The subject is taken from Shakespeare's play, Cymbeline. It depicts the moment when Posthumus has been banished from Cymbeline's kingdom. He gives a bracelet to Imogen (Cymbeline's daughter) who he has secretly married, in exchange for a ring of hers, and promises to return to her. He then flees to Italy, while Imogen departs to Wales, there both to undertake separate adventures as the play continues.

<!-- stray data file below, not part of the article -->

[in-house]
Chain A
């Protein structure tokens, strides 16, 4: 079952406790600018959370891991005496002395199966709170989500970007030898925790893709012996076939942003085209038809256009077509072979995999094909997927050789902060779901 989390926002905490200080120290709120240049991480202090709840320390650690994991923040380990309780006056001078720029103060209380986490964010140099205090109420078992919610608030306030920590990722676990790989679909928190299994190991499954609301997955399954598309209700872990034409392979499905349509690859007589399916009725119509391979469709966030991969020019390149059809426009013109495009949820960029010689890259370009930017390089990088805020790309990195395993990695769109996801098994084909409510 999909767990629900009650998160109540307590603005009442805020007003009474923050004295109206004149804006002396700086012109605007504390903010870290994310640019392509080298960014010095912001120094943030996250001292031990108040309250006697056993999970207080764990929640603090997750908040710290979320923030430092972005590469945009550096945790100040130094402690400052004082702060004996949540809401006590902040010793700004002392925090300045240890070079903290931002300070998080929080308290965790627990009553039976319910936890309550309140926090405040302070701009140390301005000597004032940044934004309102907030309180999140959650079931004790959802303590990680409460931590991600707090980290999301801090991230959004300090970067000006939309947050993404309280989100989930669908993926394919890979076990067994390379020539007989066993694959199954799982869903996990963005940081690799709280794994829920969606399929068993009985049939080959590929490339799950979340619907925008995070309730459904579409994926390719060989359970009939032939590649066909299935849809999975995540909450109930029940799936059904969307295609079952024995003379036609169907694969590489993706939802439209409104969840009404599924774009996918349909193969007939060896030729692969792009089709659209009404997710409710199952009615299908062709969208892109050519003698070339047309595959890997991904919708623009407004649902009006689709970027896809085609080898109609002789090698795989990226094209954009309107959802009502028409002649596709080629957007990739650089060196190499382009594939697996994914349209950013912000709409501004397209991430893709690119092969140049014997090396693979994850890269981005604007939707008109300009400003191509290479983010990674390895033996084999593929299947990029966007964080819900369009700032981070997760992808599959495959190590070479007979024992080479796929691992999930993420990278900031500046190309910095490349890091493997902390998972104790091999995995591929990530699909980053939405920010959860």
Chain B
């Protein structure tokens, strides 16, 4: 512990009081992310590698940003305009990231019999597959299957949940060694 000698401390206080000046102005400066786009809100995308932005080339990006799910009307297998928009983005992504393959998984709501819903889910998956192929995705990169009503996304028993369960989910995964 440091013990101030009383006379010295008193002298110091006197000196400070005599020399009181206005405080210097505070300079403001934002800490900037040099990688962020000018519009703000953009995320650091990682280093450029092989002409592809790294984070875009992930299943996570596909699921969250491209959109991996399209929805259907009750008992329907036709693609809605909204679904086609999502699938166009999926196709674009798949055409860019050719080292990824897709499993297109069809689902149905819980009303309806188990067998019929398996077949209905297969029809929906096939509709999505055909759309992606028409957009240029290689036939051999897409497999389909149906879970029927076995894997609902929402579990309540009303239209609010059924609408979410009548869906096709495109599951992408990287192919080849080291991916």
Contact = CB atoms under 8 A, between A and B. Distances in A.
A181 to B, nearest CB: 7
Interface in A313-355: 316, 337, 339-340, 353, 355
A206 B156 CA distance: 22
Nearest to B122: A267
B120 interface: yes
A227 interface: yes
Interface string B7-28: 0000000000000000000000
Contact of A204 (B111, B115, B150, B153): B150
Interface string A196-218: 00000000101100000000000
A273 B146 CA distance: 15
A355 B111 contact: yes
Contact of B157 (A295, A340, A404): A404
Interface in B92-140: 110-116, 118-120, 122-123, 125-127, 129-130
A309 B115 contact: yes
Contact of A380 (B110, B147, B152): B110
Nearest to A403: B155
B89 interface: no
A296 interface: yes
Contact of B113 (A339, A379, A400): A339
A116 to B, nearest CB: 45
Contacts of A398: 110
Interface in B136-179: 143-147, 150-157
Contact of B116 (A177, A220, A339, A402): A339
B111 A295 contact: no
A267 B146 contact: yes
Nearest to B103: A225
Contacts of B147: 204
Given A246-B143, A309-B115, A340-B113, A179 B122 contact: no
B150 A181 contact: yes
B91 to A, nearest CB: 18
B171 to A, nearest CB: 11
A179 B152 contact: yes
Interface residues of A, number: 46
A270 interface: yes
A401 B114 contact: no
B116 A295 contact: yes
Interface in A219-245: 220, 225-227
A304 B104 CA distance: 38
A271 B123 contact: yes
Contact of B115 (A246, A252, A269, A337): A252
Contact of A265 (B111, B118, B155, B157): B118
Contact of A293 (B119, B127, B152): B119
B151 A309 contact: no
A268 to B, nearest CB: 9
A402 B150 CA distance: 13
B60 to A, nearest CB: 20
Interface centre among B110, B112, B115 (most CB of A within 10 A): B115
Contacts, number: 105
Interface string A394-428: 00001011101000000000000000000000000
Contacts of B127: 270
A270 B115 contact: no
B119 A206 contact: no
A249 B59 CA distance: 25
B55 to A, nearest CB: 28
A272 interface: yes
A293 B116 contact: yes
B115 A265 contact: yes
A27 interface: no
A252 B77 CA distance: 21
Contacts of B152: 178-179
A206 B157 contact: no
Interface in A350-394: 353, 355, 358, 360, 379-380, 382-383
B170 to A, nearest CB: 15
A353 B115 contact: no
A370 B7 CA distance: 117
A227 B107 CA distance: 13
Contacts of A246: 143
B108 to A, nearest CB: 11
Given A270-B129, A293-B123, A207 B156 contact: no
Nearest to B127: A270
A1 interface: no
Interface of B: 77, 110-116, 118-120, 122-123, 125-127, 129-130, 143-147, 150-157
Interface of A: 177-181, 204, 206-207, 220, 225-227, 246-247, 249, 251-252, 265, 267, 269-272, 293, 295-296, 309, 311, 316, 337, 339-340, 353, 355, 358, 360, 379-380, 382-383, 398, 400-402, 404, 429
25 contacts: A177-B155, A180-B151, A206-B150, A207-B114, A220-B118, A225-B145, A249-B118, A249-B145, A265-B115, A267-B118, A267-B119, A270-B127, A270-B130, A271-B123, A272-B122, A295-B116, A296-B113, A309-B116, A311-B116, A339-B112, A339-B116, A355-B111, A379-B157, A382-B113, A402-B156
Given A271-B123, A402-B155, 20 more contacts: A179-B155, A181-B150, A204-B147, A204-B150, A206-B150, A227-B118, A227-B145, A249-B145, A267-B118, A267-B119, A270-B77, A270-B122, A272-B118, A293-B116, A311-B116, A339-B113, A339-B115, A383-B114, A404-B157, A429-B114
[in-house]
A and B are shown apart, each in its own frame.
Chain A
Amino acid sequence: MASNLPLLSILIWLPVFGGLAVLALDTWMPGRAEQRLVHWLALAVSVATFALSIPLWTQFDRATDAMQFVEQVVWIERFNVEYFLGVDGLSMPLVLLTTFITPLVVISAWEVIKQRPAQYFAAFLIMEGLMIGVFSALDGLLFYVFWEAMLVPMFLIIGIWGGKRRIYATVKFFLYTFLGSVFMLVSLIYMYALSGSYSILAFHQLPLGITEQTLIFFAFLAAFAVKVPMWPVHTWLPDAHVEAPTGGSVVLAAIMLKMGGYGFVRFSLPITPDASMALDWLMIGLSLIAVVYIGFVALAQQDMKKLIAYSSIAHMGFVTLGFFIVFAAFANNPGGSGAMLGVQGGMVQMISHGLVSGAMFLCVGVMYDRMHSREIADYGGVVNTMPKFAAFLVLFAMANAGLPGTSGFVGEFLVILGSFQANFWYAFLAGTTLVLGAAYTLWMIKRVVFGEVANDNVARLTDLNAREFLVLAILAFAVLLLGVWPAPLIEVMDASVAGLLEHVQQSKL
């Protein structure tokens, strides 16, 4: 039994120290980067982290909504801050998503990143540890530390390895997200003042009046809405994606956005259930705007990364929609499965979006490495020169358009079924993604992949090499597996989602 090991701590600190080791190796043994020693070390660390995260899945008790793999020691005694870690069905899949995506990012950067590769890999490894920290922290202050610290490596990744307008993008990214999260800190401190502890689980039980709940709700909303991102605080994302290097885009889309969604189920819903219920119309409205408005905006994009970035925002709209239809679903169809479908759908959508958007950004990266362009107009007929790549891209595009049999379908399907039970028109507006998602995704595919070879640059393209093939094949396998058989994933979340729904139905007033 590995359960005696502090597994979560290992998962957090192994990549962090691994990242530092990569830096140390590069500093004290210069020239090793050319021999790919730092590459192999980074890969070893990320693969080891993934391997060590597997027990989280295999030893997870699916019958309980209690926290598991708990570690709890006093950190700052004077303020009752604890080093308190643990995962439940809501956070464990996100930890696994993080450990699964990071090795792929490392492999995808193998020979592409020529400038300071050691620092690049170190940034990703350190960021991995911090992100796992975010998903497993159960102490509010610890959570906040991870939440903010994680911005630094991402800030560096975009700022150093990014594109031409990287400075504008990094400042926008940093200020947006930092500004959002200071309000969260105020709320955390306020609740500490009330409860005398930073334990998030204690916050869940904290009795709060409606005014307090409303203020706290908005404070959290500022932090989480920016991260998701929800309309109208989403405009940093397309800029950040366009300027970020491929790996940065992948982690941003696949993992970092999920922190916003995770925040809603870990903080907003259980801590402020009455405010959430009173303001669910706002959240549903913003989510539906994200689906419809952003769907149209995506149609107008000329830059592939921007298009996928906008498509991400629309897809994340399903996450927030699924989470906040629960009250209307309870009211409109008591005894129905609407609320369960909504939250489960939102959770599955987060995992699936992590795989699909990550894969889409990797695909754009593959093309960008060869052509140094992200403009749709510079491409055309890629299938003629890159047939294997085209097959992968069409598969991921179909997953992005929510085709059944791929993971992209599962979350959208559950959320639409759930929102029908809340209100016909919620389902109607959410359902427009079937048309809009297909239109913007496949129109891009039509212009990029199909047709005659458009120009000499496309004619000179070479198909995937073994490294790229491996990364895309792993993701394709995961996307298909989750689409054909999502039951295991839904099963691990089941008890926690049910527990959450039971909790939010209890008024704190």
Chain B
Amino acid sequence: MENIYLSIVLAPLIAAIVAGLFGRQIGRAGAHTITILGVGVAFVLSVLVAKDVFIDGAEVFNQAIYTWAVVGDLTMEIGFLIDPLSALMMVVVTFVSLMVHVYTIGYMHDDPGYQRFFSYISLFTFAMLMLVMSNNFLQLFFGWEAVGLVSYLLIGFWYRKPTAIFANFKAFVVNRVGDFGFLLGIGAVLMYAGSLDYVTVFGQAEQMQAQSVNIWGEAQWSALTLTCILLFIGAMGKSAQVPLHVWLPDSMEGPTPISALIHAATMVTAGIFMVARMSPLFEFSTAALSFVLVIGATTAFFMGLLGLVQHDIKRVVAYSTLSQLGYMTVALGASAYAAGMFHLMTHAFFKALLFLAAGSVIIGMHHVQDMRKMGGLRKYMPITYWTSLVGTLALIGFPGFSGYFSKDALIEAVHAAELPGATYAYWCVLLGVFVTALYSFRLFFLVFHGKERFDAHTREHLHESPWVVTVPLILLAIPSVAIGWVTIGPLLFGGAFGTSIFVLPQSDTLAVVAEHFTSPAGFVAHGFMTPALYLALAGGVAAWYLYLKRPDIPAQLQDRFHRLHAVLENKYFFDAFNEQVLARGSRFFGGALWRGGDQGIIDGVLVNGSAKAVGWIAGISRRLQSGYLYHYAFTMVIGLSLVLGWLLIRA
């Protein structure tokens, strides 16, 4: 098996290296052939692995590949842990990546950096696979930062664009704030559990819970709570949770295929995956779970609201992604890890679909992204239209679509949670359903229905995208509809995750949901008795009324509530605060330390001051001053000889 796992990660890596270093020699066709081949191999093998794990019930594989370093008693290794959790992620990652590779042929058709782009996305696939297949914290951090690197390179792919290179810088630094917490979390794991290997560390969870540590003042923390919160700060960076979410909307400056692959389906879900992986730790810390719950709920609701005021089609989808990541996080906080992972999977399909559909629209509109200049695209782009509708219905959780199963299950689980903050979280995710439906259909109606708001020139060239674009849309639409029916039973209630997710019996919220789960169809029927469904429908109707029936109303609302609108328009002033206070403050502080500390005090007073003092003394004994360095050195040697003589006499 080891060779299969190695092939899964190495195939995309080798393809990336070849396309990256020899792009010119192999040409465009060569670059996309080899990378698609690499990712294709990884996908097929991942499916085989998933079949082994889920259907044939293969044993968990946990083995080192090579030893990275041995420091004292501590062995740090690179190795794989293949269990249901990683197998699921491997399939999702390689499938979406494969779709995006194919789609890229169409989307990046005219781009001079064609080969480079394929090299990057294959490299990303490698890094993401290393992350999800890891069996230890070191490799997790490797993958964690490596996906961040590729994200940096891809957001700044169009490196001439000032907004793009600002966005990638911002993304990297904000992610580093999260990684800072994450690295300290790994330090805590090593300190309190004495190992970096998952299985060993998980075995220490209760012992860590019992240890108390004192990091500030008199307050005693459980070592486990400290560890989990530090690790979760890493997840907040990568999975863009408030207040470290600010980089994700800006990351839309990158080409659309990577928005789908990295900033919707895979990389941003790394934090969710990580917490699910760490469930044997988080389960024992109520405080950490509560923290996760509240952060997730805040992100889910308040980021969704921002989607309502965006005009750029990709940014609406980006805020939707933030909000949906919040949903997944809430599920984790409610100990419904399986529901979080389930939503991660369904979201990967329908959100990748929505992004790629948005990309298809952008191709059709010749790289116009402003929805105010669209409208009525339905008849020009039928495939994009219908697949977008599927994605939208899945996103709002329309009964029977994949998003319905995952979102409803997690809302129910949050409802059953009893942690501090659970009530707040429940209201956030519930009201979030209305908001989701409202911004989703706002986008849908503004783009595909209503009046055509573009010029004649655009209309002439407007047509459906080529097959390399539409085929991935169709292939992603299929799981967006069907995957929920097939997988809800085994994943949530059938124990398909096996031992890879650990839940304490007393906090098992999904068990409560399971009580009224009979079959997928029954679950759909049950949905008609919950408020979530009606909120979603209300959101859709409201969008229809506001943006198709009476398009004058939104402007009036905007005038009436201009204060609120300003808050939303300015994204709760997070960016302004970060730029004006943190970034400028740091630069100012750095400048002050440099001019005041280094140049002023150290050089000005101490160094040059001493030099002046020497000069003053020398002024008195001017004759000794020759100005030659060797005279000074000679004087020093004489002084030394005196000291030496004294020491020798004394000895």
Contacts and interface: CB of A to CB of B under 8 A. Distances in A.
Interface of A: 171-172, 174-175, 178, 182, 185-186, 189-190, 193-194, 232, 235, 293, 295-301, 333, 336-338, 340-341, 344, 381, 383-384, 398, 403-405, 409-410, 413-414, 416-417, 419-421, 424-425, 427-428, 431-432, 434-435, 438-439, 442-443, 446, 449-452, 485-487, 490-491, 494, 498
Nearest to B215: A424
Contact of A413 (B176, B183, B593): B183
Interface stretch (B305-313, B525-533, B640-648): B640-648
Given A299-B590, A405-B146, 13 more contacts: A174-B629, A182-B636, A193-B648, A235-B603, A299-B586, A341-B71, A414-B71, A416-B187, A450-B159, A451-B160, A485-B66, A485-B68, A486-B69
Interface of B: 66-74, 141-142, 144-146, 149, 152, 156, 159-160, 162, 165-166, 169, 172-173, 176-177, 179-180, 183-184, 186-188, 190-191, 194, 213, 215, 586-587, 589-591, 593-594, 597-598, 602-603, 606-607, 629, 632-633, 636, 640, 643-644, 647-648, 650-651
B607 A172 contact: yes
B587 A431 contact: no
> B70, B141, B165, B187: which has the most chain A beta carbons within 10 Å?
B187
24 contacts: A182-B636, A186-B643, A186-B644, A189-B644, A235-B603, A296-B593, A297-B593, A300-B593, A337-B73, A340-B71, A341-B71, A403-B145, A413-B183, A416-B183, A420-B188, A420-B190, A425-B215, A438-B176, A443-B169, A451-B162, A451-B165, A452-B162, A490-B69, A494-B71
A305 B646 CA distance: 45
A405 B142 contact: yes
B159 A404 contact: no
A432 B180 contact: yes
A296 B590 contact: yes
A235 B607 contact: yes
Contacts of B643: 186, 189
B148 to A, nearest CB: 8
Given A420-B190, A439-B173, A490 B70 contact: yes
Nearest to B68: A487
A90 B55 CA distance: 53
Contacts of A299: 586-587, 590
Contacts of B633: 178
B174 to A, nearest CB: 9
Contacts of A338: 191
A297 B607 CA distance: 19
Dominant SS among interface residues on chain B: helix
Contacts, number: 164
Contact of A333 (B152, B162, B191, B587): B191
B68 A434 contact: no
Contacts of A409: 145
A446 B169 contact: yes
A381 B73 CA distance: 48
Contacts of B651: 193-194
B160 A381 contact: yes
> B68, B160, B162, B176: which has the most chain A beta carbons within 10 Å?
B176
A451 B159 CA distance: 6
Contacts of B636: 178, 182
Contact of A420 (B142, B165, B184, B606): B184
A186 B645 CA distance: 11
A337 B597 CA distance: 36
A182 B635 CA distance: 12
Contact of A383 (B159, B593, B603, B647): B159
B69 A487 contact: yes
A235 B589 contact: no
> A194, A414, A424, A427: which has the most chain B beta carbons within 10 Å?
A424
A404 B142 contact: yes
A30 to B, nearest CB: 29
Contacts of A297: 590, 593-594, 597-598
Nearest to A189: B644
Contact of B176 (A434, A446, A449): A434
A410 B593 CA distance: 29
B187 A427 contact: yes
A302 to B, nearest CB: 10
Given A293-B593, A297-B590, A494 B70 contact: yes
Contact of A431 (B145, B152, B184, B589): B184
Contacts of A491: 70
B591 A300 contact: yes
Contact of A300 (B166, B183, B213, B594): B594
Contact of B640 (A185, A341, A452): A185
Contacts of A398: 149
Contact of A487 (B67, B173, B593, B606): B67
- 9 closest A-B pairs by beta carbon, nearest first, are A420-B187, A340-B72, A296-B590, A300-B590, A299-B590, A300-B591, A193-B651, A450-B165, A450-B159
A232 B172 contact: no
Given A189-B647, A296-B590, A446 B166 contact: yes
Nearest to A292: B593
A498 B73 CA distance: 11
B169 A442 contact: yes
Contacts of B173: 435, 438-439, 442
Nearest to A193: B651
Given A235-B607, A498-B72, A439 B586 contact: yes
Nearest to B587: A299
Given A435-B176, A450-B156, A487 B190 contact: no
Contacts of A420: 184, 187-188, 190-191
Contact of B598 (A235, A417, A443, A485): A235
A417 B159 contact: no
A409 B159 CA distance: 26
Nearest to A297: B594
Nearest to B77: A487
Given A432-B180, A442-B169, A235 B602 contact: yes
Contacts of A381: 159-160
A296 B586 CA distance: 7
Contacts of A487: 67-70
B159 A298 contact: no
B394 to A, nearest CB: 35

John was the eldest of the three Faed brothers who achieved fame as artists in the mid-nineteenth century. Beginning his career as a miniature painter in Galloway, he settled in Edinburgh about 1841. He was elected an Associate of the Royal Scottish Academy in 1847, and achieved full membership four years later. In 1855 he began to exhibit at the Royal Academy in London, and in 1864 he moved to the metropolis, joining his brother Thomas, who had lived there since 1852 and was now a successful Royal Academician. John remained in London until 1880, continuing to show at the Royal Academy and Suffolk Street. He was fond of historical themes, and frequently exhibited subjects from Shakespeare and Sir Walter Scott.